Publisher's note: This informational nugget was sent to me by Ben Shapiro, who represents the Daily Wire, and since this is one of the most topical news events, it should be published on BCN.
The author of this post is Ashe Schow.
A nosy neighbor called the Minneapolis Health Department (MHD) on a teenager's hot dog stand. Thankfully, health inspectors didn't shut the stand down, but instead helped the teen get up to code and even paid the fee for his "short term food permit" out of their own pockets.
Jaequan Faulkner, 13, decided to open a hot dog stand in front of his home earlier this summer. He planned to sell hot dogs for $2 and sodas and chips for $1 each. Someone saw the stand and e-mailed a complaint to the MHD because he was "operating as an unlicensed vendor with his lunchtime endeavor,"
according to a report
from CNBC earlier this month.
MHD environmental health director Dan Huff told the outlet that "Before responding to the complaint, what we did was put on hold our response until we could figure out how to help him."
Health inspectors then taught Faulkner how to properly handle food and what it would take to get his hot dog stand to pass inspection, which it then did. Once the stand passed inspection, the inspectors paid the $87 fee for a "short term food permit,"
"It just took off. He never gave up and he kept pushing forward. And pushing me along, pulling me along with him,"
said Faulkner's uncle Jerome.
Now Jerome helps out at Faulkner's hot dog stand weekdays between 11 a.m. and 3 p.m.
"It's not easy working for a 13-year-old,"
Jerome told the outlet. "[Faulkner says] 'I need this, I need that,' and I just get it for him while he controls the cash register. He knows the cash register pretty well."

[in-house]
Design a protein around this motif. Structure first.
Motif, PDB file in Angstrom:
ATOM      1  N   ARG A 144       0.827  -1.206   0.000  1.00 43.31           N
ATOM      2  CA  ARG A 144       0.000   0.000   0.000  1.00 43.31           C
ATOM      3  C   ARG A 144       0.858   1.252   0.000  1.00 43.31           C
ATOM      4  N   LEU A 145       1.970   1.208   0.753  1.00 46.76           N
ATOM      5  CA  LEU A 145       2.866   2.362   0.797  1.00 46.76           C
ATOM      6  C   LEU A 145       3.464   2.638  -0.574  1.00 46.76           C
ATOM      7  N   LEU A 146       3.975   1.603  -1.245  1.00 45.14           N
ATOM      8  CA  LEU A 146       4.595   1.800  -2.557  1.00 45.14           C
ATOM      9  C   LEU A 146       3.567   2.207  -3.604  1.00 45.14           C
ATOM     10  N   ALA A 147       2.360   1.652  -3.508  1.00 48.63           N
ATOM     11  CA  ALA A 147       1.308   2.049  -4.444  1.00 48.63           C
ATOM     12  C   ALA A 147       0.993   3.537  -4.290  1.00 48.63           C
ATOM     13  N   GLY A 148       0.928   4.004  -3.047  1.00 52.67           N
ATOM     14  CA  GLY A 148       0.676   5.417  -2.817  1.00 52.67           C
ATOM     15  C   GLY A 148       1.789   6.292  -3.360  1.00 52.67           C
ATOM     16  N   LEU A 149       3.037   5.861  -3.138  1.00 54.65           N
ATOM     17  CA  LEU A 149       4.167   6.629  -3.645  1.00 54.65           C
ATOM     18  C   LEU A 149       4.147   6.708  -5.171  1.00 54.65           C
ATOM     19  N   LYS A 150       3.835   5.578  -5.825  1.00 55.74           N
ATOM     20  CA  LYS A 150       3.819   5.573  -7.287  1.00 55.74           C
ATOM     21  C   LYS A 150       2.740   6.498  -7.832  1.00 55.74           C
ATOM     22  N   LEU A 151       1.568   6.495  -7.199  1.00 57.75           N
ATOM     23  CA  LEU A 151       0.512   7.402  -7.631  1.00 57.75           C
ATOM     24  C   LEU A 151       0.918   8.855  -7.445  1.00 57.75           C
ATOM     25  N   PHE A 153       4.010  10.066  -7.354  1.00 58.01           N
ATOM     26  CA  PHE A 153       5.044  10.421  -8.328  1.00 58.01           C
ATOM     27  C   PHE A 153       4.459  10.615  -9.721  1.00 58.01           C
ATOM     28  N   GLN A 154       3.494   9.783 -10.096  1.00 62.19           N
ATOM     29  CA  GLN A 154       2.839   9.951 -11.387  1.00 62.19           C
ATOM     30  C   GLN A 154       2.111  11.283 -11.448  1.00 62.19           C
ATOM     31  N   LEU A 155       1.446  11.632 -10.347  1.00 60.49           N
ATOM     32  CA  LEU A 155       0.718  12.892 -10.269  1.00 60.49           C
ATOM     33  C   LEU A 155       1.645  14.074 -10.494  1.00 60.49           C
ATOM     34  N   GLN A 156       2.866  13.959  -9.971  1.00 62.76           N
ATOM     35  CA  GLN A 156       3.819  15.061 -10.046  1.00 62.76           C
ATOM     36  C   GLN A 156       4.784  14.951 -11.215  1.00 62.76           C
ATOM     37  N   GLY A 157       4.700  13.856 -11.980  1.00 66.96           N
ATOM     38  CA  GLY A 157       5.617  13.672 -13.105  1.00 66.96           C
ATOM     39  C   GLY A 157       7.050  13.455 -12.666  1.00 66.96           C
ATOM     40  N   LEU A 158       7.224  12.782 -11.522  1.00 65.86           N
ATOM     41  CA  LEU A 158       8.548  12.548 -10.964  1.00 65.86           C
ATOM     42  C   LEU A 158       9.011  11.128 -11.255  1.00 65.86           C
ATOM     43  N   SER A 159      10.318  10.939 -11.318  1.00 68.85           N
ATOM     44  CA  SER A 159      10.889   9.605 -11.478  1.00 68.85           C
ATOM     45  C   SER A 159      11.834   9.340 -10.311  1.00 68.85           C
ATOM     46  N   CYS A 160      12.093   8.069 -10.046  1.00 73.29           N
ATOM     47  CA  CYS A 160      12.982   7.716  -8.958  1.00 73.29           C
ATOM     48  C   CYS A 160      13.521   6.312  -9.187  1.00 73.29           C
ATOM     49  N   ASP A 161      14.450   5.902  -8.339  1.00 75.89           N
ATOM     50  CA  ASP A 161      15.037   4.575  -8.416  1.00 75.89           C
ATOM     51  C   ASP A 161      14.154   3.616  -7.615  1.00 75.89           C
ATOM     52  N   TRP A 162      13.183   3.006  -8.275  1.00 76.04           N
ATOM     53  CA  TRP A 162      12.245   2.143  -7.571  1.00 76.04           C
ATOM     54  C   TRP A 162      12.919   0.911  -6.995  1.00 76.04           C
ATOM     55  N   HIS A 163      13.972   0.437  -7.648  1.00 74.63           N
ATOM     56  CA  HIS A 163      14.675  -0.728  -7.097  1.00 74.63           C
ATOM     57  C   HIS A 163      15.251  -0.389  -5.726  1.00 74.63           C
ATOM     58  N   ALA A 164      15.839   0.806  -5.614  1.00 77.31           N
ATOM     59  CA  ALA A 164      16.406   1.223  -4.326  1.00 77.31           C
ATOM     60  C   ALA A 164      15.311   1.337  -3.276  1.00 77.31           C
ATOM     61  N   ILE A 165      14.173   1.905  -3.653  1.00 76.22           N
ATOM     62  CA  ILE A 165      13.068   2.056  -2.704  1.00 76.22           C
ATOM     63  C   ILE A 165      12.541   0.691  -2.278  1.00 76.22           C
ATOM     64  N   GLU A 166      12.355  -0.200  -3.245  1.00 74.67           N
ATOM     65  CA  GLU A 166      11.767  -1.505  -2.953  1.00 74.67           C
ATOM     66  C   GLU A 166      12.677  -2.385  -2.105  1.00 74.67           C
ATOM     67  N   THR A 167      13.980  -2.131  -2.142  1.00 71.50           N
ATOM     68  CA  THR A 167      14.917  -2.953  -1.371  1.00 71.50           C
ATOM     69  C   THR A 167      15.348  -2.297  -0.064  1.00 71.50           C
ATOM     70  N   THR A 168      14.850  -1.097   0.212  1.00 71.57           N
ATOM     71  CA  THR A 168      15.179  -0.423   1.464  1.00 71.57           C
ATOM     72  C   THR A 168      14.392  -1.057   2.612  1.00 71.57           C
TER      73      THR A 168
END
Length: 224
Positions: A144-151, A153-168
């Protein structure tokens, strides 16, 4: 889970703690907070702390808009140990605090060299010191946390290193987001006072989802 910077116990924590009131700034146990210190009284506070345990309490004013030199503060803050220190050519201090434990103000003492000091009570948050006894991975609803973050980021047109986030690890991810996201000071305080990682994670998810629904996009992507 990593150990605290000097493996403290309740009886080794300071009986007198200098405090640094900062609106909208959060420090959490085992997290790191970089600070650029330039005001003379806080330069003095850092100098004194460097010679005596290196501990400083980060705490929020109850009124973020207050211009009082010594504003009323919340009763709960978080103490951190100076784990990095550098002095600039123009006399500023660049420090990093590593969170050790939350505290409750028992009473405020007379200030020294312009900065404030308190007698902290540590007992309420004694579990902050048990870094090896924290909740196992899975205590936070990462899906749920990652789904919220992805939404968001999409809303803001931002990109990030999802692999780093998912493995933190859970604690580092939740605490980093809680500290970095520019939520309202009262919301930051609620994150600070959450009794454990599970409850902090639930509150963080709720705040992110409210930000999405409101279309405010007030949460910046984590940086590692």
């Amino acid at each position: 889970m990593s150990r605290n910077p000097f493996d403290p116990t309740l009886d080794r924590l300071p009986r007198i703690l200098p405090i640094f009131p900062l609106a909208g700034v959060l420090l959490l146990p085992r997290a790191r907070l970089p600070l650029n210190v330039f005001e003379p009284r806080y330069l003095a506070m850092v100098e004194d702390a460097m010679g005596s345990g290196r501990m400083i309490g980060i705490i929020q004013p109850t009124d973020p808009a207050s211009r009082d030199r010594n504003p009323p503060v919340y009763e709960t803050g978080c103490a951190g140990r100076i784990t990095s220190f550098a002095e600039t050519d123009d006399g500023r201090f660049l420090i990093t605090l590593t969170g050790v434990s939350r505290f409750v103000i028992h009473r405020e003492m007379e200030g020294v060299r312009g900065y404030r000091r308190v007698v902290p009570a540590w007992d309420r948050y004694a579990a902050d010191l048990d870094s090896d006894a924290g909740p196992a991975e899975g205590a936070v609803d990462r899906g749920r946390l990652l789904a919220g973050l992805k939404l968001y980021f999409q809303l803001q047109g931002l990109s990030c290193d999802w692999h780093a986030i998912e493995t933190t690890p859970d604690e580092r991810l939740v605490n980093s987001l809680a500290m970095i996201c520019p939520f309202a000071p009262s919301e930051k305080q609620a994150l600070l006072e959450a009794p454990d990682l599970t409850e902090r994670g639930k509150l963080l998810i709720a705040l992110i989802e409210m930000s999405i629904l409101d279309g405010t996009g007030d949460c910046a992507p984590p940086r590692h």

Jerome told CNBC that the pair sold "between 100, 150 hot dogs a day,"
which amounts to $200 to $300 a day just from hot dogs. That doesn't include chips and sodas sold with the hot dogs. Jerome said his nephew used the money for school clothes and wanted to continue working at a restaurant after school.
"What's next for me is, I'm trying to get a little spot, a restaurant or something,"
Faulkner told the outlet. "Right when I get out of school I can go there and start working. Somewhere permanent, but it's just small and not big."
Stories abound of other kids' food stands getting shut down for lacking a permit. In May 2018, The Daily Wire's Paul Bois reported
that a charity lemonade stand in Denver, Colorado, was shut down because it didn't have the proper permit.
"The boys went online and they decided they wanted to help a child in another country less fortunate, and we found a place in Colorado Springs called Charity International, and they picked a five-year-old boy in Indonesia,"
said the mother of the boys who set up the stand.
Someone complained, and police showed up, telling the young kids they needed a permit to sell lemonade.
After news of the incident broke, lemonade company Country Time reached out
to assist the boys, offering to pay for permits and fines for any kid opening a lemonade stand that summer.